PGA Tour: Is Justin Thomas Golf’s Next Superstar?

After a string of impressive recent wins, is Justin Thomas the latest young player destined for superstardom?

Until January, perhaps the most well-known facts about Justin Thomas were that he hits the ball a long way and that he ’s a long-time friend of Jordan Spieth. Now, after back-to-back victories and three wins in the first eight PGA Tour events of 2017, is he the next superstar?

His odds at the Masters went from 80/1 before the SBS Tournament of Champions to 40/1 after it. After winning the Sony Open, he jumped to 25/1 and No. 8 in the world rankings.

According to Golf Digest, he’s the “first player not named Tiger Woods to win three of his first five to start a season.” To recap his victories in 2017, they are CIMB Classic, which he won as defending champion, the SBS Tournament of Champions and the Sony Open.

At Sony, it wasn’t just that he won.  It’s the way he did it, which was in style, starting with a first round 59, only the eighth sub 60 round shot in the history of the PGA Tour. He never gave up the lead, based primarily on his low first round. However, his victory margin was a whopping seven shots, almost Tiger-esque.

He set a new 72-hole scoring record of 253, eclipsing Tommy Armour III’s 254 mark at the Valero Texas Open in 2003.

Thomas also tied or set several records on the PGA Tour.

He tied Steve Sticker’s lowest first 54-hole score at the 2010 John Deere Classic of 188.

He shot the lowest ever first 36 holes in PGA Tour history, scoring 123, and bettering the 124 tallies shot by Jason Day, David Toms and Pat Perez.

His 59 has been equaled by just six others and beaten only by one, Jim Furyk, who shot 58 last summer at the Travelers Championship. And to date, Thomas is the youngest in PGA Tour history to shoot 59. 

It’s no wonder Jordan Spieth said that the way Thomas was playing was unbelievable.

“He’s got full control of his game, full confidence, and he’s executing under pressure,” Spieth explained to media after round four. “He’s gone through the process. He’s succeeded to the highest level at each level and just moved up the totem pole. When you get out to the big tour, sometimes it takes a little bit of time to win or win in bunches.”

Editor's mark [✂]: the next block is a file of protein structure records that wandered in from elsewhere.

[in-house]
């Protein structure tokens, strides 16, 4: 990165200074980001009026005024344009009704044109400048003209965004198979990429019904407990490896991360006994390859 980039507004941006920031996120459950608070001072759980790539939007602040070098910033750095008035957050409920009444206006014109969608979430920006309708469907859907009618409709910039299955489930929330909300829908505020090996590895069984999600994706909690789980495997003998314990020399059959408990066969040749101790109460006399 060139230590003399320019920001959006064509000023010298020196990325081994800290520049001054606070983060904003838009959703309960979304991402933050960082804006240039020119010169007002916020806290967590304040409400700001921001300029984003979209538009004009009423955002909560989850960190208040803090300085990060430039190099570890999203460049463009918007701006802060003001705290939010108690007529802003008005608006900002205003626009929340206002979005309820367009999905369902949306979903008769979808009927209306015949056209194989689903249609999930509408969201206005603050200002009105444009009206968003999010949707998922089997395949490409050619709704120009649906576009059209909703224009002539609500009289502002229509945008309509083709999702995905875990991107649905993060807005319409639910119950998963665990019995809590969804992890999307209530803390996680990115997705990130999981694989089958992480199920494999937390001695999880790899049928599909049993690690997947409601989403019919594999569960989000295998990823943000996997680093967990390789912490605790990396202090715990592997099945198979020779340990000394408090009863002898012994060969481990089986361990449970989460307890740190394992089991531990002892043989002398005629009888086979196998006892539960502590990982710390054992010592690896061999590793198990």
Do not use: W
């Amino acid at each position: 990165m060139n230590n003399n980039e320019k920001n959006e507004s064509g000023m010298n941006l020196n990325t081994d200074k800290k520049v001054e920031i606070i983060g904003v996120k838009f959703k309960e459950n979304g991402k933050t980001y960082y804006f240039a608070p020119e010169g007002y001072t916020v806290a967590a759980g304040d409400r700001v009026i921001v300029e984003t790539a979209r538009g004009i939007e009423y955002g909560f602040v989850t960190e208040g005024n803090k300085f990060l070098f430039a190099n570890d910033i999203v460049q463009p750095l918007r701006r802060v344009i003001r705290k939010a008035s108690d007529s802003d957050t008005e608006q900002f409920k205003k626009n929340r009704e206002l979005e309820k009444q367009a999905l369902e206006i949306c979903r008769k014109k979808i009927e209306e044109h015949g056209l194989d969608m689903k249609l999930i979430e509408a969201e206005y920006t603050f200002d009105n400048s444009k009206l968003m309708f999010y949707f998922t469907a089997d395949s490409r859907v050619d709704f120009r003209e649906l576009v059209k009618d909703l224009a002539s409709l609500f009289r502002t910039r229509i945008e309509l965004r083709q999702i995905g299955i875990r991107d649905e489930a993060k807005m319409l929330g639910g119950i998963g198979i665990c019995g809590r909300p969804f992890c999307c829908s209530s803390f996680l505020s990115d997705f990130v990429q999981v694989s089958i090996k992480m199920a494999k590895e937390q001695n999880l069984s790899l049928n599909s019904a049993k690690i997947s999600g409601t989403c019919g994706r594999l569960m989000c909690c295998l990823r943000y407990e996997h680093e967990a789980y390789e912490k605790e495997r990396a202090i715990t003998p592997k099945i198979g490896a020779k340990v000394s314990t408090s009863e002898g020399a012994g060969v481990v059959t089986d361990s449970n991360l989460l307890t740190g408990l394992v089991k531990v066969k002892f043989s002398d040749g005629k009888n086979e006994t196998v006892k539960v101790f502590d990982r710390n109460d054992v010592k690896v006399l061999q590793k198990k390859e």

Spieth noted that he had some personal experience on winning in bunches, although looking at his brief PGA Tour record, Spieth’s victories have been spread out during entire seasons when he excelled.

Thomas said the hardest part of winning at the Sony was blocking out the distractions, particularly the Golf Channel, whose announcers kept saying no one in PGA Tour history had ever lost with a seven shot lead going into the final round.

“This win meant a lot because of how I did it, the first wire-to-wire win,” Thomas told media after grabbing his third title of the 2017 season. “I had a hard time getting focused up there today. I was nervous today for the first time I’ve felt like that in a long time. To be able to handle that the way I did, I was very proud.”

He was happier about the margin of victory than breaking the 72-hole scoring record, but he admitted he has not had time to let it all sink in.

Whether Thomas wins three more or no more in 2017, he has to be considered a player to beat at every tournament he enters from now forward.

As Jordan Spieth said, “JT has got it rolling now, and he’s going to be a tough guy to stop this year.”

The only thing that stands in his way is injury.  As a cautionary note, if you’ve ever seen him swing in person, you wonder how his slender body can take it. He swings so hard that he lifts himself off the ground, like Laura Davies.

The speed of Thomas’ swing is reminiscent of a younger Tiger Woods, and lately Thomas has been able to find fairways, giving him a tremendous advantage. His prodigious distance translates into very short second shots, upping his potential birdie opportunities.

If Thomas’ back holds up to the force he generates in his swing, he could be destined for greatness. However, as the Pulitzer Prize winning, former sports columnist for The New York Times once said to me about football, “The road to the Super Bowl goes through the emergency room.” And the road to a great golf season or career can easily be stymied by back problems. Just ask Jason Day.

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